The Heidelberg Writers Group

Why bluebottle fly?


A fly doesn't sound very pleasant. "Bluebottle" might redeem it, if only because the word (but not its object) has a sonorous quality to most ears. But the astute observer may also note that the bluebottle fly – a common housefly – breeds in decaying organic matter. It is, as one HWG member noted with alarm, often the first thing to arrive hovering over a freshly dead body.

Yuck! Well, but we do hope you've also noticed the title bar to our pages: "I heard a fly buzz when I died;" we quote. The line is from a poem of Emily Dickinson's. One critic has stated: "'I heard a fly buzz when I died' is one of Emily Dickinson's finest opening lines." (Click the link for access to his full article and the poem itself.)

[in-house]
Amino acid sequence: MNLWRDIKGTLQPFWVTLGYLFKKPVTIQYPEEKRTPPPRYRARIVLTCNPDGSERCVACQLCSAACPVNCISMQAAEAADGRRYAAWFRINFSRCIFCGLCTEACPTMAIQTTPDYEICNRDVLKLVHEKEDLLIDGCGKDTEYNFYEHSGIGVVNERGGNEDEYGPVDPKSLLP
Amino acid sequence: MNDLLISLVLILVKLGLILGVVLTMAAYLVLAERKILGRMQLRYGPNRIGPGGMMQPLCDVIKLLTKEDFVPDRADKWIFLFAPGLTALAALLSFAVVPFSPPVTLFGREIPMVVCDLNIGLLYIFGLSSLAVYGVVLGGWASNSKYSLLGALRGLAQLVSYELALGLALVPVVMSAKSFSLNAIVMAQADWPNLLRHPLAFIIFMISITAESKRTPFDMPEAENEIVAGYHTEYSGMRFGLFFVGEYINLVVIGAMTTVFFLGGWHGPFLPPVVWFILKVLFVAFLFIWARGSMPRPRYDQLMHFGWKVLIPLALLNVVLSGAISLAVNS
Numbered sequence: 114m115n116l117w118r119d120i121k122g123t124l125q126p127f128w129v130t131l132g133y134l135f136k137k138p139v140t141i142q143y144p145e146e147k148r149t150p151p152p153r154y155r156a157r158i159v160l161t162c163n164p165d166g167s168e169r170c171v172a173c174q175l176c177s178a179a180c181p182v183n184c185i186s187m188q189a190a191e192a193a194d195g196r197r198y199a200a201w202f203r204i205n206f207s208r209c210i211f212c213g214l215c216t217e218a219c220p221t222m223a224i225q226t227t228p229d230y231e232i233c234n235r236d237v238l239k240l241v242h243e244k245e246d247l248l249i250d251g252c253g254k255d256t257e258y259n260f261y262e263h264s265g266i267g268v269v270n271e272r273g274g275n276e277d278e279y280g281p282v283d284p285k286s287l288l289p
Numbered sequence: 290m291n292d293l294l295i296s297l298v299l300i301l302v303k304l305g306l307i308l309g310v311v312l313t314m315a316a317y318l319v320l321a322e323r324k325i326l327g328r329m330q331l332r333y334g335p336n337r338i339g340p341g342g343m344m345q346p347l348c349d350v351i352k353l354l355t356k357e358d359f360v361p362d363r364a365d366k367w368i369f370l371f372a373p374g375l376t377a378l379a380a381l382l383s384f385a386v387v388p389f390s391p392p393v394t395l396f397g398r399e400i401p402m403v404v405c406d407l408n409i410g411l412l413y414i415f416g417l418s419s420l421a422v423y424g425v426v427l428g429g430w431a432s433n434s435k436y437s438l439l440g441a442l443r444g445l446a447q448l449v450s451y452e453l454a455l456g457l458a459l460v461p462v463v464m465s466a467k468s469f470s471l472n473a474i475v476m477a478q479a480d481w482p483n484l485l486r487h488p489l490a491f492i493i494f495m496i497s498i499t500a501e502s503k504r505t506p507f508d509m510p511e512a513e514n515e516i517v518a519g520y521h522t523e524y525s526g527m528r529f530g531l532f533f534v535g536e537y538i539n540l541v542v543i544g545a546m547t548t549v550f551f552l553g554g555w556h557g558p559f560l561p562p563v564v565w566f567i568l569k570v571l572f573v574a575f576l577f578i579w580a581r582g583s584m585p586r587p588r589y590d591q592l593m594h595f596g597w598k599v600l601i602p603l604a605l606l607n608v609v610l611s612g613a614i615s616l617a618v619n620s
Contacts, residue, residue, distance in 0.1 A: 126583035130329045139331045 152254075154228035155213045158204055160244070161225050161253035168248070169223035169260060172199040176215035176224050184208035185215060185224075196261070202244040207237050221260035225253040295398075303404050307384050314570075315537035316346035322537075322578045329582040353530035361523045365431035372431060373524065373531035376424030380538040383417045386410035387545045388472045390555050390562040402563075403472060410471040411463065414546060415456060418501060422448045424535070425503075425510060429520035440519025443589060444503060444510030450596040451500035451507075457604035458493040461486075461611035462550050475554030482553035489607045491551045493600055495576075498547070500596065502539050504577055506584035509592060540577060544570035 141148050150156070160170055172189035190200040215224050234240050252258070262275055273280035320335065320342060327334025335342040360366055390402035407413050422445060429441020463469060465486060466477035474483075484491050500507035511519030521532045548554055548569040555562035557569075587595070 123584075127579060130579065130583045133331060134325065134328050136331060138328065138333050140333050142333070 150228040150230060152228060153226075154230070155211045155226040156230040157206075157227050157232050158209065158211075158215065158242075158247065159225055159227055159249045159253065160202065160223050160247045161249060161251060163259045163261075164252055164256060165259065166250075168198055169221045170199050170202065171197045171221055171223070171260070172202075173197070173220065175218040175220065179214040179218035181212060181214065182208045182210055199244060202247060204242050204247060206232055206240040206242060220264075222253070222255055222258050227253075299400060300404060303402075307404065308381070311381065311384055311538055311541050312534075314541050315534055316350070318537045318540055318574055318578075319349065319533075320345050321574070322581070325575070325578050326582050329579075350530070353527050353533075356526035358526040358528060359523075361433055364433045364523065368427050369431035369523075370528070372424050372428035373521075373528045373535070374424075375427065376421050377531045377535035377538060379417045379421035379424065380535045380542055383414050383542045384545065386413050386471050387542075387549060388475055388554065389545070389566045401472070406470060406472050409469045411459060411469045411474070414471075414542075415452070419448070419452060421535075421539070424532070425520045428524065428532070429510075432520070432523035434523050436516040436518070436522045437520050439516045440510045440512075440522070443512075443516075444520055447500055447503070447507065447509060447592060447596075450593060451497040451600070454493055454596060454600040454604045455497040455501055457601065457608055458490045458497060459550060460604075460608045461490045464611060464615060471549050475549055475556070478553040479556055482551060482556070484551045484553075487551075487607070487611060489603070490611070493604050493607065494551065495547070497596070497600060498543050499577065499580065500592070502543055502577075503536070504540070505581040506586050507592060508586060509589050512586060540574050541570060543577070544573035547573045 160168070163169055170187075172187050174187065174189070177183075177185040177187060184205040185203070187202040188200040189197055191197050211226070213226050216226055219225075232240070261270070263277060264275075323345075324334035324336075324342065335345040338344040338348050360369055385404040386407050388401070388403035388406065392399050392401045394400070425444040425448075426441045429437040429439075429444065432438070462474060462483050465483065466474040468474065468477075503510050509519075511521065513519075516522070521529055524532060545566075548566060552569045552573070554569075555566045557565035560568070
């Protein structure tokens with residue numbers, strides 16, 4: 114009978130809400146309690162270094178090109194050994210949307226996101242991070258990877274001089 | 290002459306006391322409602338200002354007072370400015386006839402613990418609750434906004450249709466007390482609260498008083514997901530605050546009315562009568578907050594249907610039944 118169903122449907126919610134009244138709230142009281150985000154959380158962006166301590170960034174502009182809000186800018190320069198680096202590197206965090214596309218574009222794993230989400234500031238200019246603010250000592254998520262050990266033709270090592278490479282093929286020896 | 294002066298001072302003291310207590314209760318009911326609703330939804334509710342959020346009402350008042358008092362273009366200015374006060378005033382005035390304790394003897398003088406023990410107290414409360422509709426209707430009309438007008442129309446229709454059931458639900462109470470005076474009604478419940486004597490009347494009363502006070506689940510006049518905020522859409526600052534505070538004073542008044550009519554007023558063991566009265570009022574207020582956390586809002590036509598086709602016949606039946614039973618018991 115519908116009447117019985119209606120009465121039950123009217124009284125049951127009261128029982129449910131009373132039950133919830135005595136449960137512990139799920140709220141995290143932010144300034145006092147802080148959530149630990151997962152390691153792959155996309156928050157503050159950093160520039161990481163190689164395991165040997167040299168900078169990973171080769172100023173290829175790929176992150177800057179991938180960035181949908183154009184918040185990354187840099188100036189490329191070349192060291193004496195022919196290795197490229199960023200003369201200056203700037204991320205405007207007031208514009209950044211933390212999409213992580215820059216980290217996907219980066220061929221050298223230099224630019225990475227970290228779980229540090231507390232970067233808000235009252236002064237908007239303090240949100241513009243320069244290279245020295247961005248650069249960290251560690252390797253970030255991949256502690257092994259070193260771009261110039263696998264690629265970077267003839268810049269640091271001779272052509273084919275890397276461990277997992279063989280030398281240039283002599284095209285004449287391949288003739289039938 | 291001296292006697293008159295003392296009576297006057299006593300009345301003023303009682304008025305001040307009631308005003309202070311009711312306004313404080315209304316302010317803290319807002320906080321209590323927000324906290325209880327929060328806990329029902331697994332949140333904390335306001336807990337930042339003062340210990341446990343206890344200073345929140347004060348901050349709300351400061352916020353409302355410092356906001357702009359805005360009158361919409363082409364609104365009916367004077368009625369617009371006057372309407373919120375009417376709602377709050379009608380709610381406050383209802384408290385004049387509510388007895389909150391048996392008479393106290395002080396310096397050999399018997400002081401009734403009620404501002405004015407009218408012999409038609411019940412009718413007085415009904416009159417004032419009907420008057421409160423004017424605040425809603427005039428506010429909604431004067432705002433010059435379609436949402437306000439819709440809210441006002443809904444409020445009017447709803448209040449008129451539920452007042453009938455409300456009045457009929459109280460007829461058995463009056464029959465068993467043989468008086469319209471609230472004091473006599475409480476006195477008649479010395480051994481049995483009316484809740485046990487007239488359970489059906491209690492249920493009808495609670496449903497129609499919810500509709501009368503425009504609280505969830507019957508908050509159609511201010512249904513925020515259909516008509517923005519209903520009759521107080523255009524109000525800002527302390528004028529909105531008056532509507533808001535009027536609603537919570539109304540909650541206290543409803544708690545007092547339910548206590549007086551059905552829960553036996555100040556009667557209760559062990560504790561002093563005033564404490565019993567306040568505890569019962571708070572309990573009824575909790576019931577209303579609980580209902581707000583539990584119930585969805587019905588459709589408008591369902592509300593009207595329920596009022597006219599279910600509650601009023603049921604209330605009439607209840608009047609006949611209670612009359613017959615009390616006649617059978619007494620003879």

One can say that the intrusion of the fly with his buzz overpowers the last gasp of the living. The protagonist in the poem is a dying woman. Her last human act, shared by every one of us without exception, is that of dying. Yet the fly – symbolic for insignificance, for something vexatious and exasperating, steals her final moment, as it were.

We can only save our sense of final human dignity by contemplating the significance of the fly as a foil. The juxtaposition of frail death (and our ultimate obligatory acceptance of it) and the nattering insignificance of the universe (and our place in it) does have literary punch. That, in my view, is what this poem's about.

For what in my view is a very fine analysis of the poem, I refer the gentle reader to this article from The American Poetry Review, by Michael Ryan: "How to Use a Fly: A Column."

— D.R.